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Move Out Skills: Teaching First Aid For Teenagers

Knowing basic first aid skills is important, regardless of age. But teens need to step it up to avoid calling you (or the doctor) over every little cut or burn. These skills become even more important when they’re away from home.

First Aid Information For Teens

1. Be prepared.

Make sure your home is stocked with some essentials. These include bandages, gauze, pain relievers, cold medicine, lozenges, antibiotic cream, and a digital thermometer. If your teenager is heading to college this fall, prepare a first aid box for them to take along.

2. Know what to do.

Dr. Robert Block, former president of the American Academy of Pediatrics, recommends that teens try these few helpful first aid measures before calling the doctor (or you).

For minor cuts or scrapes:

  • Press a clean cloth or bandage on the wound to stop the bleeding.
  • Clean the wound with water and apply an antibiotic cream, like Neosporin.
  • Apply a bandage, and make sure to change it when it becomes wet or dirty.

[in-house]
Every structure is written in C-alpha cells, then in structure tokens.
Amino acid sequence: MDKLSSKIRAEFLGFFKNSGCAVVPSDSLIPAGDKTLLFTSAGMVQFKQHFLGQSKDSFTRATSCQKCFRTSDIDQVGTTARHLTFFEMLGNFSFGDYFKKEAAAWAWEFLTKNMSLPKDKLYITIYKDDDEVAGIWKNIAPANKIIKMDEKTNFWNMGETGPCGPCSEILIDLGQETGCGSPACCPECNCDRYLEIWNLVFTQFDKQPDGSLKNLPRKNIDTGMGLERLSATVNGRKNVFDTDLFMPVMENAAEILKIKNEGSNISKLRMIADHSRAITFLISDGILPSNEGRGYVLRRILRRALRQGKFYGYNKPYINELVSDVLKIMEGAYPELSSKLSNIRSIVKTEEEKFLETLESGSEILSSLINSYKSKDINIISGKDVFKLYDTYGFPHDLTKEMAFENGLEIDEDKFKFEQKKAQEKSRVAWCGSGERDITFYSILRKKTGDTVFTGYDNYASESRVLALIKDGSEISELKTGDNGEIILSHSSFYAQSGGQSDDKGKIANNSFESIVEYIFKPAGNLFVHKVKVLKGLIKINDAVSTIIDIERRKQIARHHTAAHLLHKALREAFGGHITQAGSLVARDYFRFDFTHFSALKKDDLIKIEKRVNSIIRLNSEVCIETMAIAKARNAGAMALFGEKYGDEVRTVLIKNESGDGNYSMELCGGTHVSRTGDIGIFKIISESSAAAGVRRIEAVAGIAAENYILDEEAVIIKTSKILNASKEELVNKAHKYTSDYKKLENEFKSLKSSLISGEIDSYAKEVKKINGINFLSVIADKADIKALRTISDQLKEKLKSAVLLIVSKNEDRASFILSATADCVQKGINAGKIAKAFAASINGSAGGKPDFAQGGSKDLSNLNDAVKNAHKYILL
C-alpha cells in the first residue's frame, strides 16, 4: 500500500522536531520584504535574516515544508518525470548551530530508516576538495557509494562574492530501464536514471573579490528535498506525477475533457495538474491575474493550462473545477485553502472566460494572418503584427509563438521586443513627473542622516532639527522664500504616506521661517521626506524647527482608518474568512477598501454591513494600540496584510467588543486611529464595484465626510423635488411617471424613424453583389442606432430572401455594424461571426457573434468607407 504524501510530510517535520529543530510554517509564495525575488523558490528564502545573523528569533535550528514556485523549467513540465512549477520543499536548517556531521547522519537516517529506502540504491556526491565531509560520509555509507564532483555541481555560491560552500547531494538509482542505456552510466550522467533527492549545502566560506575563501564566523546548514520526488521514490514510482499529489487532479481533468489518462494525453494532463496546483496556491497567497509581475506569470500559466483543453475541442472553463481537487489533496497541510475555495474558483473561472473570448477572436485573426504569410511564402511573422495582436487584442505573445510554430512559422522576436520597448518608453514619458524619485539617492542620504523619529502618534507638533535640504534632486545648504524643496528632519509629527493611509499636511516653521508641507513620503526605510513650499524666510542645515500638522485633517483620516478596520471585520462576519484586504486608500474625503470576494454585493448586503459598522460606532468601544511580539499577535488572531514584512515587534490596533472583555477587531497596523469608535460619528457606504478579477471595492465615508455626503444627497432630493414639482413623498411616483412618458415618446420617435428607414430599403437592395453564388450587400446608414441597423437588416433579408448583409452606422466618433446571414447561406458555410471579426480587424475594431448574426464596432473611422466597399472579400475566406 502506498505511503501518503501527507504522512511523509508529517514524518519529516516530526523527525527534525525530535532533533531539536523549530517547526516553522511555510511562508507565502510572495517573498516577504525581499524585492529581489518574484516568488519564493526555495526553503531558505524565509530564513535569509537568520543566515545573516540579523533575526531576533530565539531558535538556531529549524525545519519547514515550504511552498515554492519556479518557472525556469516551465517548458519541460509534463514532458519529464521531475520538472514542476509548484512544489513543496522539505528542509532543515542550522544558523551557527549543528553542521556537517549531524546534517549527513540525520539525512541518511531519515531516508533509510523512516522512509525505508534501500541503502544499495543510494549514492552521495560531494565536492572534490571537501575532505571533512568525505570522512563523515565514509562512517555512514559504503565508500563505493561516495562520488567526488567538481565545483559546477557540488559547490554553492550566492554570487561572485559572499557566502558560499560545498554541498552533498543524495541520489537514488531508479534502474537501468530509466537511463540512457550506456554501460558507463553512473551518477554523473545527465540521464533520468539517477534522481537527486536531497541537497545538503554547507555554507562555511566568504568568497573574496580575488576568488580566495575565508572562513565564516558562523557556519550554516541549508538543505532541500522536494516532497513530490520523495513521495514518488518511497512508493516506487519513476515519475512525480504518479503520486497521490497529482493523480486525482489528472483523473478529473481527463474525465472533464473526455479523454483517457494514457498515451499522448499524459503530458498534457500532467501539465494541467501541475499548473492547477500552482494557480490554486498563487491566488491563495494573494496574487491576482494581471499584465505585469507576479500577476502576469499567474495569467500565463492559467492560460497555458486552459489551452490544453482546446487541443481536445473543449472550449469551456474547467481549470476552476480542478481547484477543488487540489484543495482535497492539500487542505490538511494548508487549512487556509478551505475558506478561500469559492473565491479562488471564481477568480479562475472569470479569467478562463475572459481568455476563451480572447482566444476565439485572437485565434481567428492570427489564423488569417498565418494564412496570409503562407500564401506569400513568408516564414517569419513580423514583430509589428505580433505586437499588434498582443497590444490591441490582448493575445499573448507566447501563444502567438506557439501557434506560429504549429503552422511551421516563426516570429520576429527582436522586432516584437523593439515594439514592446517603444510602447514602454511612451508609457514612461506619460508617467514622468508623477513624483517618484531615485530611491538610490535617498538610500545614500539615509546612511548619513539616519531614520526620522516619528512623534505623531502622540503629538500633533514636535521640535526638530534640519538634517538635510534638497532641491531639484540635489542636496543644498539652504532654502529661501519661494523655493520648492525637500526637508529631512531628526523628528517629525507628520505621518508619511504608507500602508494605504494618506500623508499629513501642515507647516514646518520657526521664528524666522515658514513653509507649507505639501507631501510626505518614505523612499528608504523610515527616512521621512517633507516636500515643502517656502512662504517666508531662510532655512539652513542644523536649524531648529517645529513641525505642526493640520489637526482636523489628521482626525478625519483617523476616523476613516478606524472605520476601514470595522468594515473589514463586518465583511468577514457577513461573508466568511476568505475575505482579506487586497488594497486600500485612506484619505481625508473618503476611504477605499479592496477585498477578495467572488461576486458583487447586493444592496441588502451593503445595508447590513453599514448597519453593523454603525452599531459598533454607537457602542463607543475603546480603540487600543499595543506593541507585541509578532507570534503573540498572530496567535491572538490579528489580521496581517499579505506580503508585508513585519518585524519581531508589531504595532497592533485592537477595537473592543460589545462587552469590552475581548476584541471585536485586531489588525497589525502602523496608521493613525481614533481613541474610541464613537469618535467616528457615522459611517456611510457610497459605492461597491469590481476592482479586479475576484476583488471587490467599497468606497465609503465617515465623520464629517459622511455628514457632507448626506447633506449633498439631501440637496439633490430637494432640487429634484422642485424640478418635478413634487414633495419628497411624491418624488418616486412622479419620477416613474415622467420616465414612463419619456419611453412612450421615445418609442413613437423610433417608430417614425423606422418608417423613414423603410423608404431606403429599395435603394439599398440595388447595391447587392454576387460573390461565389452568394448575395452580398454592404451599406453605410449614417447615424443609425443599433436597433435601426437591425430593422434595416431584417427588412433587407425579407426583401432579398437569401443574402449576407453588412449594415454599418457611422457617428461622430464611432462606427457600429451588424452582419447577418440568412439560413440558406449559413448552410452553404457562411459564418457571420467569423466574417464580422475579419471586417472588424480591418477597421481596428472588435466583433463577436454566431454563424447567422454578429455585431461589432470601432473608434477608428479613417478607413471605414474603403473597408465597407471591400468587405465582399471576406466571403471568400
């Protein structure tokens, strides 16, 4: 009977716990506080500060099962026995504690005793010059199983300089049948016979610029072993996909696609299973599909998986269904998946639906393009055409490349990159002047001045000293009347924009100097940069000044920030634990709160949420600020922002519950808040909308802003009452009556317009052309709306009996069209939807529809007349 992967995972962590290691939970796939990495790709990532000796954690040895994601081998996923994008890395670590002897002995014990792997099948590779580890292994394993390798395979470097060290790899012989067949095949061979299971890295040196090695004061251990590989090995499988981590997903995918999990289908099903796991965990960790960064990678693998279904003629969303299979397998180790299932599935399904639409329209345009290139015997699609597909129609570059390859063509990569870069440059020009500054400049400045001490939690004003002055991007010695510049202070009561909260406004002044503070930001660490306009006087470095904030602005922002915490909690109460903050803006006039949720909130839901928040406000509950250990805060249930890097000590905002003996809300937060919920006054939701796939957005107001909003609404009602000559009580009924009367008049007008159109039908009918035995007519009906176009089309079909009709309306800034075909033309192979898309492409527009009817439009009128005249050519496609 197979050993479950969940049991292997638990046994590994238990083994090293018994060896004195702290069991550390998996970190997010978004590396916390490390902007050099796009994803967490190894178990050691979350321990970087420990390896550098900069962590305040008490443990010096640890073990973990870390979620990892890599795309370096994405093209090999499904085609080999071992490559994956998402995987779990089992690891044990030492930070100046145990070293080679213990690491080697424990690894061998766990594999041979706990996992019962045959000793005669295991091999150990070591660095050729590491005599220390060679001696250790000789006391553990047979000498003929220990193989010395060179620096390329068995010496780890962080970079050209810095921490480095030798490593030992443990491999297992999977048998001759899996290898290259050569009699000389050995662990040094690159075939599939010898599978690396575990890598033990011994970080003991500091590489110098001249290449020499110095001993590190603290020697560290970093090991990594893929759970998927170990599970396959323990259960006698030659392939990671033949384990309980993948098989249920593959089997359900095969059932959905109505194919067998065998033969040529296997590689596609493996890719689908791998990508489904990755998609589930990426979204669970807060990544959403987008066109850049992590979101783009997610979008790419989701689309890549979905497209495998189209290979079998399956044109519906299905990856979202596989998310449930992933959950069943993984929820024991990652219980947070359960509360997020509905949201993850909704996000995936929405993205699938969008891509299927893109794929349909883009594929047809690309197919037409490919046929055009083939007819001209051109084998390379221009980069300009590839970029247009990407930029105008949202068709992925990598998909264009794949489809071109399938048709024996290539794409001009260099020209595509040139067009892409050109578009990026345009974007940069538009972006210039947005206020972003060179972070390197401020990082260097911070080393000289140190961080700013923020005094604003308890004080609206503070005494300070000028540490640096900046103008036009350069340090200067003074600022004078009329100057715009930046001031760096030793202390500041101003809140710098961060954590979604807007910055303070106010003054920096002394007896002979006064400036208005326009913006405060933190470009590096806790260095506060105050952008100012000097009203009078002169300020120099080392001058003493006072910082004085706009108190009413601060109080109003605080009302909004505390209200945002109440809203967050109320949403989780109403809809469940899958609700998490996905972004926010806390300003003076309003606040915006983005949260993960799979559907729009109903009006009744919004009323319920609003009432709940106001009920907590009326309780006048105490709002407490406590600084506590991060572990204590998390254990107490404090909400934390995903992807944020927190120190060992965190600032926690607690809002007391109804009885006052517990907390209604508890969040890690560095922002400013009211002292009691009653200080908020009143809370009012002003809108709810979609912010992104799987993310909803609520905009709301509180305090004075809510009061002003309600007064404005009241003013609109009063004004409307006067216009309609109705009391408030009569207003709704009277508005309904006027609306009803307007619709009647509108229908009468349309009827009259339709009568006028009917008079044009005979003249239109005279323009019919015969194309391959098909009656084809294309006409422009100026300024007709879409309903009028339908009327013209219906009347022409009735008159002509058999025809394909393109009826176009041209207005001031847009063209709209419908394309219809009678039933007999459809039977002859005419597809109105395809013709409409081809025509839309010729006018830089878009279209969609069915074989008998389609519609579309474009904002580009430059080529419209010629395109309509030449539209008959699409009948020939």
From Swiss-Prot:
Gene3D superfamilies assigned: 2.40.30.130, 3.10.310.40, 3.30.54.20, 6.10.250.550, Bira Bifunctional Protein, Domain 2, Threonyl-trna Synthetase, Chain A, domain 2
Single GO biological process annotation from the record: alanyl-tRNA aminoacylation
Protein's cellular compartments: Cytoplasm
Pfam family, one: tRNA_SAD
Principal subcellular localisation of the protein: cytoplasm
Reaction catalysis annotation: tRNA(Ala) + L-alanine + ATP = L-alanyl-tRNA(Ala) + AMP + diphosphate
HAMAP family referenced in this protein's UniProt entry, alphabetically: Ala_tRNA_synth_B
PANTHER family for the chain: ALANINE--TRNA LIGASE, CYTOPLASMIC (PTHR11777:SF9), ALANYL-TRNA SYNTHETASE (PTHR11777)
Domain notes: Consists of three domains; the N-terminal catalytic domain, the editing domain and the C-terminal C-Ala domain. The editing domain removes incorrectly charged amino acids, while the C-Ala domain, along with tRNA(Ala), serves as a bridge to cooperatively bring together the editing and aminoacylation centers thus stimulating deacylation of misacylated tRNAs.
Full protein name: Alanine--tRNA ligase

For minor burns:

  • Hold the burned spot under cool (not cold) water for 3-5 minutes and cover it loosely with gauze. Don’t put ice or ointment on the burn.
  • Don’t break a blister if it forms.
  • Take Advil, Motrin, or Tylenol for the pain.

For coughing:

  • Take over-the-counter cold medicines.
  • Eat some honey, drink tea, and suck lozenges.

For a Fever:

  • For a fever below 101.5, drink a lot of water and wet your body with warm water.

3. Know when to seek medical assistance:

  • A cough and shortness of breath that lasts more than 48 hours.
  • An infected cut, a large cut, or a burn.
  • A fever over 101.5 or a fever that’s lasted longer than three days.
  • A fever combined with vomiting and/or severe diarrhea.
  • A rash that burns or covers a large area of skin for more than 24 hours.

Rebecca Borison

Rebecca Borison is a writer in New York City.